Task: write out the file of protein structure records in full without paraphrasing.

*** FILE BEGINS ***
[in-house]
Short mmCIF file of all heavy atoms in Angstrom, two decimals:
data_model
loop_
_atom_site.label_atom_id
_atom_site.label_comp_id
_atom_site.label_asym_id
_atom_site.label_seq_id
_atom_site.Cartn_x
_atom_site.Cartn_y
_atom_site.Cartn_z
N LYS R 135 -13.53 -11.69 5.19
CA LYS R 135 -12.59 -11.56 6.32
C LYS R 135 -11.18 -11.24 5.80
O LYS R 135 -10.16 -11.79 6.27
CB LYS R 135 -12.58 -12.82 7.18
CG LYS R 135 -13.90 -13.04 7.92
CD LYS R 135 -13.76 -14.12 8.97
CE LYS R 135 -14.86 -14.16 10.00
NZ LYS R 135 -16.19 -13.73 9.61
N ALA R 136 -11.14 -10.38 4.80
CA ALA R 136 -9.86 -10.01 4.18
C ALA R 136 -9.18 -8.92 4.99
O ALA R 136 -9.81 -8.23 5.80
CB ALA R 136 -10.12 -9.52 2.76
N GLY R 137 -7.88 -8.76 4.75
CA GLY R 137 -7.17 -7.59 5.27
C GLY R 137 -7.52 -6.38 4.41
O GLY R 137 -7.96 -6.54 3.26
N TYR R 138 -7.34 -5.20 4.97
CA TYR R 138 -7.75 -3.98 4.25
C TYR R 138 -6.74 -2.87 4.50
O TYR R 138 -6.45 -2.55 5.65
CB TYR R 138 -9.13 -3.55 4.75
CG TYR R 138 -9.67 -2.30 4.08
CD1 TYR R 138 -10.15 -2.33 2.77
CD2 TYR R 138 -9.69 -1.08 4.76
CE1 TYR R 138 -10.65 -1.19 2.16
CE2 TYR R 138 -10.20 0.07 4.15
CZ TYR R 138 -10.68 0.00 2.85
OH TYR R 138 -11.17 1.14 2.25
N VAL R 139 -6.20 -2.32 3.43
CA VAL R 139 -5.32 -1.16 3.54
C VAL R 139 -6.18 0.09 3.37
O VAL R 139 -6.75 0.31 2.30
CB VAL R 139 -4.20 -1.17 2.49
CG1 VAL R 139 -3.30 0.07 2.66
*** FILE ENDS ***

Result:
[in-house]
Short mmCIF file of all heavy atoms in Angstrom, two decimals:
data_model
loop_
_atom_site.label_atom_id
_atom_site.label_comp_id
_atom_site.label_asym_id
_atom_site.label_seq_id
_atom_site.Cartn_x
_atom_site.Cartn_y
_atom_site.Cartn_z
N LYS R 135 -13.53 -11.69 5.19
CA LYS R 135 -12.59 -11.56 6.32
C LYS R 135 -11.18 -11.24 5.80
O LYS R 135 -10.16 -11.79 6.27
CB LYS R 135 -12.58 -12.82 7.18
CG LYS R 135 -13.90 -13.04 7.92
CD LYS R 135 -13.76 -14.12 8.97
CE LYS R 135 -14.86 -14.16 10.00
NZ LYS R 135 -16.19 -13.73 9.61
N ALA R 136 -11.14 -10.38 4.80
CA ALA R 136 -9.86 -10.01 4.18
C ALA R 136 -9.18 -8.92 4.99
O ALA R 136 -9.81 -8.23 5.80
CB ALA R 136 -10.12 -9.52 2.76
N GLY R 137 -7.88 -8.76 4.75
CA GLY R 137 -7.17 -7.59 5.27
C GLY R 137 -7.52 -6.38 4.41
O GLY R 137 -7.96 -6.54 3.26
N TYR R 138 -7.34 -5.20 4.97
CA TYR R 138 -7.75 -3.98 4.25
C TYR R 138 -6.74 -2.87 4.50
O TYR R 138 -6.45 -2.55 5.65
CB TYR R 138 -9.13 -3.55 4.75
CG TYR R 138 -9.67 -2.30 4.08
CD1 TYR R 138 -10.15 -2.33 2.77
CD2 TYR R 138 -9.69 -1.08 4.76
CE1 TYR R 138 -10.65 -1.19 2.16
CE2 TYR R 138 -10.20 0.07 4.15
CZ TYR R 138 -10.68 0.00 2.85
OH TYR R 138 -11.17 1.14 2.25
N VAL R 139 -6.20 -2.32 3.43
CA VAL R 139 -5.32 -1.16 3.54
C VAL R 139 -6.18 0.09 3.37
O VAL R 139 -6.75 0.31 2.30
CB VAL R 139 -4.20 -1.17 2.49
CG1 VAL R 139 -3.30 0.07 2.66